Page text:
We know Teenage Engineering is bringing something, and they win the award for most obscure teaser video. (TV dinner, suggests one reader.)

I look at 10 things I’m excited about at NAMM, though I think I may have to remove the one about “surprises.”

See you from Anaheim.

  • Sonuus has been teasing some midi usb guitar thingy:

  • Jamsire Ernoir

    I want everything.

  • griotspeak

    CNTRLR-R looks nice, Though I really think that software is the roadblock with regards to grid controllers. There are so many missed opportunities that have become ignored or overlooked opportunities the lowest hanging fruit is drum machines. Every DAW, at this point, should have a MIDI or OSC api for setting and getting sequences in some basic form… I know it isn't simple, but these controllers have been around for quite a long time now. I look at CNTRL-R and just think about how–short of Max / Max For Live / some other custom solution.. our options are meager for leveraging the possibilities of such a device. </rant>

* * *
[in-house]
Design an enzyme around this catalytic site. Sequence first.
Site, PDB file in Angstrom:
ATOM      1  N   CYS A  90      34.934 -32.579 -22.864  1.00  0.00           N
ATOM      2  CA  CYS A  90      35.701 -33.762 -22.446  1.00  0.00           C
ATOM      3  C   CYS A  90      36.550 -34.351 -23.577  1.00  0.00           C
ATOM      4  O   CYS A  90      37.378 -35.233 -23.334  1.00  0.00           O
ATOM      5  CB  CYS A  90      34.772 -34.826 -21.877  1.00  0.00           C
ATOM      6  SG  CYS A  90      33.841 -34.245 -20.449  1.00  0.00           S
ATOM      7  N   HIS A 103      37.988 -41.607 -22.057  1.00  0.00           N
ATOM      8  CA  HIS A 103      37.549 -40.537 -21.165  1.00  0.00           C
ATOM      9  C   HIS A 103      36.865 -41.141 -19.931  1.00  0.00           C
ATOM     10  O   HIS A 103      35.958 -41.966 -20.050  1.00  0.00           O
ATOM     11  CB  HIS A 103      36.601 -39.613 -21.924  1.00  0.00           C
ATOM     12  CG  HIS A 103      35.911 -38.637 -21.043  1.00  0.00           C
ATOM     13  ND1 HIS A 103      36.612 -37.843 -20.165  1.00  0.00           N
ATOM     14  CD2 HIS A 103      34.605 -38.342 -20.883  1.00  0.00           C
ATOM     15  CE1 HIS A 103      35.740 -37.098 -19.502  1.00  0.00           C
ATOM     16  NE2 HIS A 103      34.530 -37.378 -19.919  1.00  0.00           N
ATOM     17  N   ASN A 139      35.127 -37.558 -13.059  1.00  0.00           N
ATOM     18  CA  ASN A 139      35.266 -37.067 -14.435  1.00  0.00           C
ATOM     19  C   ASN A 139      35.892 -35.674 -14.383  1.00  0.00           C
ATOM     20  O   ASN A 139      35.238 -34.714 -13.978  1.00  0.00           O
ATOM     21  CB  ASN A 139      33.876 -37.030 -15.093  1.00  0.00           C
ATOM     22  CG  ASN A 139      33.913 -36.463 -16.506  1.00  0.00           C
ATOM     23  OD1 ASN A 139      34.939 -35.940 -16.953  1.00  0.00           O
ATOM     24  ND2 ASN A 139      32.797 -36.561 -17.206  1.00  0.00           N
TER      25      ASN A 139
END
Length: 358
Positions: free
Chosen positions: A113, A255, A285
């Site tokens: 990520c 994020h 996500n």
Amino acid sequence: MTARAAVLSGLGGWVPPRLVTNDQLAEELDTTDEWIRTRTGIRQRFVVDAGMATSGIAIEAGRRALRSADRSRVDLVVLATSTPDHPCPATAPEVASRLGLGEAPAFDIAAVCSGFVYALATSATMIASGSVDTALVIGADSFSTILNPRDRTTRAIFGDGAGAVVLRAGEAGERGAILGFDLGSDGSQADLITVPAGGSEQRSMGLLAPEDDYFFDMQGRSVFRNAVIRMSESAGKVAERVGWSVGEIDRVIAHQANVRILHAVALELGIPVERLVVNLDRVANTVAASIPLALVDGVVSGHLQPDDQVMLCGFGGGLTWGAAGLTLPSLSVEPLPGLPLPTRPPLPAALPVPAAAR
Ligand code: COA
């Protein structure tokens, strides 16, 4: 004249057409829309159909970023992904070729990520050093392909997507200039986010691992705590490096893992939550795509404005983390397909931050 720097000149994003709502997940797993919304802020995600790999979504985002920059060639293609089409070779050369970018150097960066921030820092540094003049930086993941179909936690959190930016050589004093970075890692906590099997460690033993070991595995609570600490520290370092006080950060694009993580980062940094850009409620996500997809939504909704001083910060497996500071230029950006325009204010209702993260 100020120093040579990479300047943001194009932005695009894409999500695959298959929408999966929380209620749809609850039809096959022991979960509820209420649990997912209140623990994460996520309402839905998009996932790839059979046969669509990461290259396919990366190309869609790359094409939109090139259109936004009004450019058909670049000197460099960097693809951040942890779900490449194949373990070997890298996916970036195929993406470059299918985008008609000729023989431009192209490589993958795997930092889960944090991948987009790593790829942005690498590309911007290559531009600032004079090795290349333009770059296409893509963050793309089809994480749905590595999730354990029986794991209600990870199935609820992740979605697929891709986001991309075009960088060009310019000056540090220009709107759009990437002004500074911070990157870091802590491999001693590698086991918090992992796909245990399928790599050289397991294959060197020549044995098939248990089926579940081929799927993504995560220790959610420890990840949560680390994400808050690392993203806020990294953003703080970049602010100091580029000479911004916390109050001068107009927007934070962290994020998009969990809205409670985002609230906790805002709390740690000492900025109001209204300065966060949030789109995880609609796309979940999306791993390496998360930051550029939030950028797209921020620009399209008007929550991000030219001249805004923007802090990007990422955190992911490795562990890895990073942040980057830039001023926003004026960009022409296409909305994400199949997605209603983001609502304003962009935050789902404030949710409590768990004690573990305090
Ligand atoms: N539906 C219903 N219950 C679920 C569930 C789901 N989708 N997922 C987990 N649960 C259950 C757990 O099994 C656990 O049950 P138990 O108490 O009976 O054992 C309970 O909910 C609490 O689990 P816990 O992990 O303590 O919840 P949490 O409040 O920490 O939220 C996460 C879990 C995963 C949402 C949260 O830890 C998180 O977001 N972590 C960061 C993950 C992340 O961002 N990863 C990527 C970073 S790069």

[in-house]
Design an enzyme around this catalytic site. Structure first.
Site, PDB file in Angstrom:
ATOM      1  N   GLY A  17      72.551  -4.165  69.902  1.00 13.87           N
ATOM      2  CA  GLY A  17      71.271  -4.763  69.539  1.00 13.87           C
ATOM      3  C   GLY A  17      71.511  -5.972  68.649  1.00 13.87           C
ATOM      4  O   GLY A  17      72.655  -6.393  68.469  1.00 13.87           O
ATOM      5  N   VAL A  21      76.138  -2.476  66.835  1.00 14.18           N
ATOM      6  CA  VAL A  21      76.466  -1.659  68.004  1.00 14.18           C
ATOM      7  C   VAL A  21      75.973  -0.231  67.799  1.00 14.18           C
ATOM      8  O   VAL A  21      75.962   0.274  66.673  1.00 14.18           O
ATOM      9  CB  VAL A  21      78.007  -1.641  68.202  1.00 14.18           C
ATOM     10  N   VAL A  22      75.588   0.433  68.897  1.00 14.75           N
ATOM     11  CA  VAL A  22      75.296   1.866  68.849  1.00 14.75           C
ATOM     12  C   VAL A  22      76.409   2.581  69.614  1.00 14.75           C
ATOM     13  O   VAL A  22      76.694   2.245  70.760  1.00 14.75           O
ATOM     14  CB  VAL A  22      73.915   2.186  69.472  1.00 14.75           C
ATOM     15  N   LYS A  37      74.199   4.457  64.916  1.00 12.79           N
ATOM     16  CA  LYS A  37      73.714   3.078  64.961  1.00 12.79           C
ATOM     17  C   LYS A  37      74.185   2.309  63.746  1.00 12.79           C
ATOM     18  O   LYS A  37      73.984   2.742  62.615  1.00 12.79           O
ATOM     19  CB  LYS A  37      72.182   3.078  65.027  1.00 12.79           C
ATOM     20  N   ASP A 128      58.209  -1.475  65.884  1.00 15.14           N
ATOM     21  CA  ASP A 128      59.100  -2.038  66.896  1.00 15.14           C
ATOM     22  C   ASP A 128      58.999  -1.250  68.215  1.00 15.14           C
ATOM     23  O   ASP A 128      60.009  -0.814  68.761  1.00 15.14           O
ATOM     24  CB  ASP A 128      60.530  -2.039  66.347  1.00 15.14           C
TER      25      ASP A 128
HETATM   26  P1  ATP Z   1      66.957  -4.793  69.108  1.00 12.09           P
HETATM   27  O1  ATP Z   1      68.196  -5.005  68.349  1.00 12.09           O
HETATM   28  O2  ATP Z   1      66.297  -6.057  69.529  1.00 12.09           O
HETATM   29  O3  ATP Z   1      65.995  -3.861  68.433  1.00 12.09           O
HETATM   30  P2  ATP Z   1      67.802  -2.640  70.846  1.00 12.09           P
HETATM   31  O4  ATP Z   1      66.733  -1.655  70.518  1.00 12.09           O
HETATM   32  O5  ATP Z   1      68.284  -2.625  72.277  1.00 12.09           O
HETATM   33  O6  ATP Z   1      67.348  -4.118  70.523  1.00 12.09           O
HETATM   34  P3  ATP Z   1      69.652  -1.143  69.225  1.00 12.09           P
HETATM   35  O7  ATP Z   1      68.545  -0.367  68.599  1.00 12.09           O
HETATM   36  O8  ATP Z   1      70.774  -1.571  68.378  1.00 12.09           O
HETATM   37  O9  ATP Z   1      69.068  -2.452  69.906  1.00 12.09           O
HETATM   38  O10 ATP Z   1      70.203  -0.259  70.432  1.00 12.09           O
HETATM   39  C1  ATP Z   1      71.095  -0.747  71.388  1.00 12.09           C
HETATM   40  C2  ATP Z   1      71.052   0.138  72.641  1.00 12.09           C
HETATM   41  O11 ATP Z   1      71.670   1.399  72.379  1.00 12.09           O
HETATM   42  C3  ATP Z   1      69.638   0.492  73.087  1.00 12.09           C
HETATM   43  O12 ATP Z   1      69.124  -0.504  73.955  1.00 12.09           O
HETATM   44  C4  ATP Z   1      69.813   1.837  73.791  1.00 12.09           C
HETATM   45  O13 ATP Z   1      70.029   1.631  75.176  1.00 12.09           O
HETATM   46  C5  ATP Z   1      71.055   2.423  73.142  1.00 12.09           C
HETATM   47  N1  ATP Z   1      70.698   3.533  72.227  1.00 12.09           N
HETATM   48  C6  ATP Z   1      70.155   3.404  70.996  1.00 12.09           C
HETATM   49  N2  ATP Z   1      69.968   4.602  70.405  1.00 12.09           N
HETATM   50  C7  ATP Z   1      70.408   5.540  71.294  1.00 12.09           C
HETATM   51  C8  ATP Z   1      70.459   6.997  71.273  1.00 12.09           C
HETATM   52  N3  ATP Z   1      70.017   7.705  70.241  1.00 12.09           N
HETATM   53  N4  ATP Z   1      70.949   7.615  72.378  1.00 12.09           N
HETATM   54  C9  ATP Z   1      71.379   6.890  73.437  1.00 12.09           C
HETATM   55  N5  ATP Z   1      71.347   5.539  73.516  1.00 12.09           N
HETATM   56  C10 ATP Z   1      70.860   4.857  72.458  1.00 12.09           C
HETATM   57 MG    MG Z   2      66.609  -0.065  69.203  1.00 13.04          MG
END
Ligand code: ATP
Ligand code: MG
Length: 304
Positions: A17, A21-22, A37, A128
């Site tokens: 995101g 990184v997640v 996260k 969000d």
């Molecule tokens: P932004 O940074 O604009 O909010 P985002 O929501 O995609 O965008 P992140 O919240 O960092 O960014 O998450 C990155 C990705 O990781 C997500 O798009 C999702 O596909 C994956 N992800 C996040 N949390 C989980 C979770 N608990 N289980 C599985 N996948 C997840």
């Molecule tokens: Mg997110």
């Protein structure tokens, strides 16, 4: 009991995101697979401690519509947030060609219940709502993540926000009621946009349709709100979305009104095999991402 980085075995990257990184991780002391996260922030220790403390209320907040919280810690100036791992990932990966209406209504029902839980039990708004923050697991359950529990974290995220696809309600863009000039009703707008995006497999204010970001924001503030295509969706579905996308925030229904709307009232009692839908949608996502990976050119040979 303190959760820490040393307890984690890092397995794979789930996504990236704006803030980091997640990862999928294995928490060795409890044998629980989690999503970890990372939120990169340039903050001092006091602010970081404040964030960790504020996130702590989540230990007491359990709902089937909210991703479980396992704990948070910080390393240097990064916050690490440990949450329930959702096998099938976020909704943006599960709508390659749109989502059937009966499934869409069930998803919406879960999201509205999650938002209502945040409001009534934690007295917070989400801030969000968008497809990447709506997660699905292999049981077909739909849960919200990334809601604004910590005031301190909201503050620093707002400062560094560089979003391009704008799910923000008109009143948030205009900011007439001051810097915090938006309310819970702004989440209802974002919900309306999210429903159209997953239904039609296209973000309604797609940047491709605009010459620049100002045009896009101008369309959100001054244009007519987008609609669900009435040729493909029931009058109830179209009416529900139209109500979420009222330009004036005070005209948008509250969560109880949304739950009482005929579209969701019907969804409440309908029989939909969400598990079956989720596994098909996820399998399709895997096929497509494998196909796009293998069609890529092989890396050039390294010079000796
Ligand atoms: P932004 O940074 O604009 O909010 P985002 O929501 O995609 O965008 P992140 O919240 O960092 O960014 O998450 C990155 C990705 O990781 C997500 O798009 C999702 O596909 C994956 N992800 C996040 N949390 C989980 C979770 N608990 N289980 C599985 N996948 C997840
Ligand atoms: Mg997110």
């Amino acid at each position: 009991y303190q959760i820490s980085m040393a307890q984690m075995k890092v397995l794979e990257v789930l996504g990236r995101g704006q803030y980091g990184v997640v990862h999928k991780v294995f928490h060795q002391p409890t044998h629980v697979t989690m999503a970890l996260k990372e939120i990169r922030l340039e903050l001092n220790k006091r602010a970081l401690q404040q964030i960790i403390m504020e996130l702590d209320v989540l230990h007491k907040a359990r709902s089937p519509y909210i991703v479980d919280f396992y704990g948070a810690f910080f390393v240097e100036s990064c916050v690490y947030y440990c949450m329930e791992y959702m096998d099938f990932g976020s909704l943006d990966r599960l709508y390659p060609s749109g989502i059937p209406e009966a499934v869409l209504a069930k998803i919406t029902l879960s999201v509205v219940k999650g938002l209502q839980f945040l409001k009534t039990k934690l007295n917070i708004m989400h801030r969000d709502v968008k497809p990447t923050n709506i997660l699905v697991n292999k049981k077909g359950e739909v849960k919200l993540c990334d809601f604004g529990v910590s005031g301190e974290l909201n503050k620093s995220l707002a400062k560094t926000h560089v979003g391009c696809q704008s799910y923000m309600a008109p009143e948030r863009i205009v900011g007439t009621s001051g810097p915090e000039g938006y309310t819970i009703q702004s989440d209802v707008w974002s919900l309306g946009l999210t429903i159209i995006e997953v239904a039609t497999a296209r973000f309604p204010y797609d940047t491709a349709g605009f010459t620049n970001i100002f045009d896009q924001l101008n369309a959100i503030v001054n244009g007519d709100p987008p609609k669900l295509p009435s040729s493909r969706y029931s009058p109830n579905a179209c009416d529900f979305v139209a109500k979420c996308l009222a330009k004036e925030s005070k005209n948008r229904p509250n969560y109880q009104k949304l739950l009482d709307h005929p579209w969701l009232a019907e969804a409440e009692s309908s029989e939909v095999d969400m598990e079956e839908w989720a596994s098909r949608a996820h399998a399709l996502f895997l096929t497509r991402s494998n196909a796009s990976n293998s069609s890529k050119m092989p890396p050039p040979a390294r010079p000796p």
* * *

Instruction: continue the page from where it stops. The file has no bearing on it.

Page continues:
• I agree… I would guess the best way to fix this is a vst solution that works for all sorts of grid controllers.

  • freesoul